There are a great many things to say about Disney Infinity, some celebratory, some not so, but one thing’s for certain: it’s the most authentic Disney game ever made. It captures the company’s keen balance of the imaginative and the formulaic; its sense of inclusiveness and rapacious commercialism; its blend of immersion and artifice. It’s a game that many, if not most, children will be enthralled by and will want to spend hours tinkering with – and many, if not most, parents will begin to hate its money-spinning pulls.
Like Disney, it stretches to encompass the multitude of properties it holds, both live action and animated, featuring hundreds of artefacts, settings and styles from all of Disney’s history – from Snow White and Fantasia to Alice in Wonderland, Aladdin, Finding Nemo and countless others. And, like Disney, it remains internally coherent even while sprawling with various modes and settings that compete for attention. Sadly, they’re let down by a convoluted menu system that’s overly complicated for its target market, with a mess of jargony names that it’s a struggle to remember the function of, such as Adventures, Mastery Adventures and Prebuilt Toy Box Worlds.
Essentially, however, Infinity consists of two elements: Toy Box and Play Sets. The latter are themed adventures for players to embark on, either alone, with a splitscreen partner or up to three others online. To play, you place a special plastic cube on the Base. The Starter Pack’s three – Monsters University, Pirates Of The Caribbean and The Incredibles – come on a single cube, while the separate Lone Ranger set has its own. You also need to place a matching Infinity character figurine on the base; just as in Activision’s Skylanders, the figurine stores a record of its XP level and the tools you’ve earned so you can use it on a friend’s console.
The adventures themselves are essentially thirdperson 3D platformers, but they’re carefully distinct from each other in tone and play and are far more than just ripoffs of Skylanders’ hack-and-bash action. They’re a direct evolution from developer Avalanche’s own Toy Story 3, which gave players a large free-roaming environment peppered with missions to play. Infinity is infused with Toy Story 3’s style, from the way buildings, objects and playthings can be placed in the world to editing the appearance of buildings and the little people that bob happily around them. The characters are controlled in the same manner too – they can pick up and throw players and objects, use vehicles, and are equipped with a handy double jump.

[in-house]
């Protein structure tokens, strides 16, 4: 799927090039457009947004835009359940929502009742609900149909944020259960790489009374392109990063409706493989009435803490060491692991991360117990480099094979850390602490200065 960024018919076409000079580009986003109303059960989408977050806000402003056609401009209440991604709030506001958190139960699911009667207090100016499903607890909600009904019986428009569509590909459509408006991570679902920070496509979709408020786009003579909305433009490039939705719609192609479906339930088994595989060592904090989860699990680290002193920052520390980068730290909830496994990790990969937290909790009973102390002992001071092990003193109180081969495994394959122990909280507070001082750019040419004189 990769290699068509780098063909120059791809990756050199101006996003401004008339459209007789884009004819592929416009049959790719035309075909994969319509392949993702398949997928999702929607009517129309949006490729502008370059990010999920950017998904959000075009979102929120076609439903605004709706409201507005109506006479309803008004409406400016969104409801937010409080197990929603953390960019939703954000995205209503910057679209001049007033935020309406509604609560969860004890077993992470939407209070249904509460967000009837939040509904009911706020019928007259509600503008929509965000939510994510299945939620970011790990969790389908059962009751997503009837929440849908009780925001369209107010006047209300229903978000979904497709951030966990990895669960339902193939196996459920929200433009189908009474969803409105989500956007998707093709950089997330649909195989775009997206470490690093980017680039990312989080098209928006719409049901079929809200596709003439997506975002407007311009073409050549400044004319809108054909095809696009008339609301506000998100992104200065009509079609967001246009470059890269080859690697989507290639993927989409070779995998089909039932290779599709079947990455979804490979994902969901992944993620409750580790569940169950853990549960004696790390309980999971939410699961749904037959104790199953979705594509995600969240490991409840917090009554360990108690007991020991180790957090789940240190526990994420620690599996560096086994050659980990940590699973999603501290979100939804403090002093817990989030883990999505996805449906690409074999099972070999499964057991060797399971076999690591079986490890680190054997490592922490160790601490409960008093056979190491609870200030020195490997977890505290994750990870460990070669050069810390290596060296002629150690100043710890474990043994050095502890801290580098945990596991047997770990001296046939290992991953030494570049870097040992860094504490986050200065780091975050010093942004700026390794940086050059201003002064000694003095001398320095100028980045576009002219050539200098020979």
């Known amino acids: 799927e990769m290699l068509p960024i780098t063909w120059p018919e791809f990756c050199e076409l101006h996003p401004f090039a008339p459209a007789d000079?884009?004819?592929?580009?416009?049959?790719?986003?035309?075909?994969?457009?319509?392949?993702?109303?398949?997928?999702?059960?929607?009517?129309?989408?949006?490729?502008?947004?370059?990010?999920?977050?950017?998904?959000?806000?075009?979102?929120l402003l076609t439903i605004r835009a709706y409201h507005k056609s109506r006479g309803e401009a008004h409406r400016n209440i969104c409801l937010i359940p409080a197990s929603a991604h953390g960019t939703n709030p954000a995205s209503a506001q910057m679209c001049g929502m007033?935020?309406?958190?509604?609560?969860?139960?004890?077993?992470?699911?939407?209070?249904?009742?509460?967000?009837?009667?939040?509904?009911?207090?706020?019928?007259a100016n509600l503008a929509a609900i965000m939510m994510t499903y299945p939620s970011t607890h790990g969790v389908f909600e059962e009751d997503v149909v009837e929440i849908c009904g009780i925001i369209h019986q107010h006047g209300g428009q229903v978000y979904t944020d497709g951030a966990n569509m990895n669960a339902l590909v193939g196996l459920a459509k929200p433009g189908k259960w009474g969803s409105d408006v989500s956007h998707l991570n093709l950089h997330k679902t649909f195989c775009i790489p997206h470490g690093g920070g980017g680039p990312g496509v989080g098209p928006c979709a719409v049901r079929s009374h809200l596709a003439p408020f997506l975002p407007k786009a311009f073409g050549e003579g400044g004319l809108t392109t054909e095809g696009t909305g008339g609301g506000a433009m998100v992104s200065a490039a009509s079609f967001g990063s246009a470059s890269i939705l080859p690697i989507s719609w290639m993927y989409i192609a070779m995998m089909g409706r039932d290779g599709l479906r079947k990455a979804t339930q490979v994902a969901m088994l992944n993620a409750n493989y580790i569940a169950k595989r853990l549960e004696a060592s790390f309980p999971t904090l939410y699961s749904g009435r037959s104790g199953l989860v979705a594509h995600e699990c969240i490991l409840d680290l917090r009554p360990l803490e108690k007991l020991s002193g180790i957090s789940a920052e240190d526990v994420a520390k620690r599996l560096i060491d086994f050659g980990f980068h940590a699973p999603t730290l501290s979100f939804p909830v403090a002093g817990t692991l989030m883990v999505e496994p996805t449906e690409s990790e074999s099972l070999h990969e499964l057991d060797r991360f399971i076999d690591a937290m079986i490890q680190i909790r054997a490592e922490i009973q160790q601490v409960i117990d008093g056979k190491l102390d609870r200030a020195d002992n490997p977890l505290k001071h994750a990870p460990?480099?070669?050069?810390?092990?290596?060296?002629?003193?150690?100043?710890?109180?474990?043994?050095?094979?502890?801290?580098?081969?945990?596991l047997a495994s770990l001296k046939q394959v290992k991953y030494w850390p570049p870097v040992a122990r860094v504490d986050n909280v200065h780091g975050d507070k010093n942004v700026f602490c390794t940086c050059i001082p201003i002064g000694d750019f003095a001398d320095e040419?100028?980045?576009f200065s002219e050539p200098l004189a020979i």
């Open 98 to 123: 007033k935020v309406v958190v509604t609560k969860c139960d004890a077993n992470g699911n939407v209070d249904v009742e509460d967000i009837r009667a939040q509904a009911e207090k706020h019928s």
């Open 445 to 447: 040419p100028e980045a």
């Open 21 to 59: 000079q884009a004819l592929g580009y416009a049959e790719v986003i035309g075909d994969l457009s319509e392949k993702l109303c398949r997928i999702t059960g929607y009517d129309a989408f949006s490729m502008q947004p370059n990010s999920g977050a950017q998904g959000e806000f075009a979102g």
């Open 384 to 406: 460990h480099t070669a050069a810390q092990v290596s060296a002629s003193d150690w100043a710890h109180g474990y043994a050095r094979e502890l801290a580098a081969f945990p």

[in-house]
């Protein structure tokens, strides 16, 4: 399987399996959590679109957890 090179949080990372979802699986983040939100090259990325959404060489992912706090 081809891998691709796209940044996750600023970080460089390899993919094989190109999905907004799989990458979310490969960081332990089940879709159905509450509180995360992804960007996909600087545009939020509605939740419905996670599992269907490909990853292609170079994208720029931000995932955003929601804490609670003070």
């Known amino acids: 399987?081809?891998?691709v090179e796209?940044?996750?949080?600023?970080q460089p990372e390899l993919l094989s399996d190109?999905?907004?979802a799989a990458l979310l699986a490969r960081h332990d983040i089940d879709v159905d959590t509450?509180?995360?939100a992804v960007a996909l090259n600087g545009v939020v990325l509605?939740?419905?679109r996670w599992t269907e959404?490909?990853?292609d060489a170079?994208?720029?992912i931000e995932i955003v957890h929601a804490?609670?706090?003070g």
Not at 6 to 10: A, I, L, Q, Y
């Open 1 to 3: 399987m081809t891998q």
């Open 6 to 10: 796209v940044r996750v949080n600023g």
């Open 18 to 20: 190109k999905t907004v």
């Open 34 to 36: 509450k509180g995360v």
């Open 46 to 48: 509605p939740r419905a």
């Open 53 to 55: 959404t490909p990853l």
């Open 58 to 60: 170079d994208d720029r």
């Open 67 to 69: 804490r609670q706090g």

The Incredibles is the most straightforward Play Set. Syndrome, the film’s antagonist, is on the rampage, and you must reestablish the heroes’ secret base and fight crime in an open city that grows as your progress opens bridges to new islands. As you play, your character earns XP and money that you can spend on unlocking buildings and abilities such as the Glide Pack, which allows you to glide around the city. Crucially, they’re also unlocked in Infinity’s Toy Box, along with many incidental items scattered around in red and green toy capsules. The missions are somewhat repetitive, however. Avalanche has only found so many things for its superheroes to do – mostly punching things or throwing criminals into a paddy wagon. At least battling is effective, its child-friendly simplicity spanning a three-hit combo, dodge and a charge move.
The repetitiveness underscores Monsters University’s collection missions, too, although the focus here is on sneaking rather than combat. It’s prank season between rival colleges Monsters University and Fear Tech, and MU is trailing badly, the trees in its quadrangles festooned with toilet paper. The missions are a mixture of clean up and subterfuge, and your tools are a toilet-paper launcher and the Monsters University characters’ unique scare moves. With death off the menu, the main challenge is in sneaking to locations without enemies throwing you back.
Pirates Of The Caribbean is the Starter Pack’s finest Set, somehow squeezing ocean voyaging into Infinity’s core mission template of platforming and combat. Sailing between islands on the high seas feels appropriately swashbuckling, and even a little like Wind Waker as you stop off at incidental atolls and indulge in ship-to-ship combat that’s more immediate and fun than Assassin’s Creed III’s. If the four or so hours Pirates takes to complete (with plenty of scope for extra exploration on top) were extended, it’d easily be worthy of a standalone release.
Ultimately, the Play Sets are jumping-off points for the Toy Box mode, which is where Infinity begins to live up to its name. Toy Box starts with you standing on a block hanging in space; to extend it, you simply add another. Its enormous palette of shapes and editing interface lack the intuitive flexibility of Minecraft’s blocks, but Toy Box’s more prebuilt nature supports all kinds of informal play. There are racetrack sets and spinning platforms to challenge friends with, AI enemies for impromptu battles, and castles, mountains and wrecked ships for scrambling. Adults may be frustrated that items are only gradually unlocked with Spin Tokens, won by levelling up characters or achieving challenges, but for kids it provides a benevolent canvas.
The Starter Pack will provide involving and creative play over tens of hours, but where it goes next is another matter; very little content is gated by not owning specific characters, but Infinity always reminds you of what you don’t have. Like a trip to Disney World, you’ll always feel you could be doing more. But then that’s also a mark of Infinity’s success: it’s a Disney game that finally lives up to the name.
Disney Infinity is out now on 360, 3DS, PC, PS3, Wii and Wii U. PS3 version tested.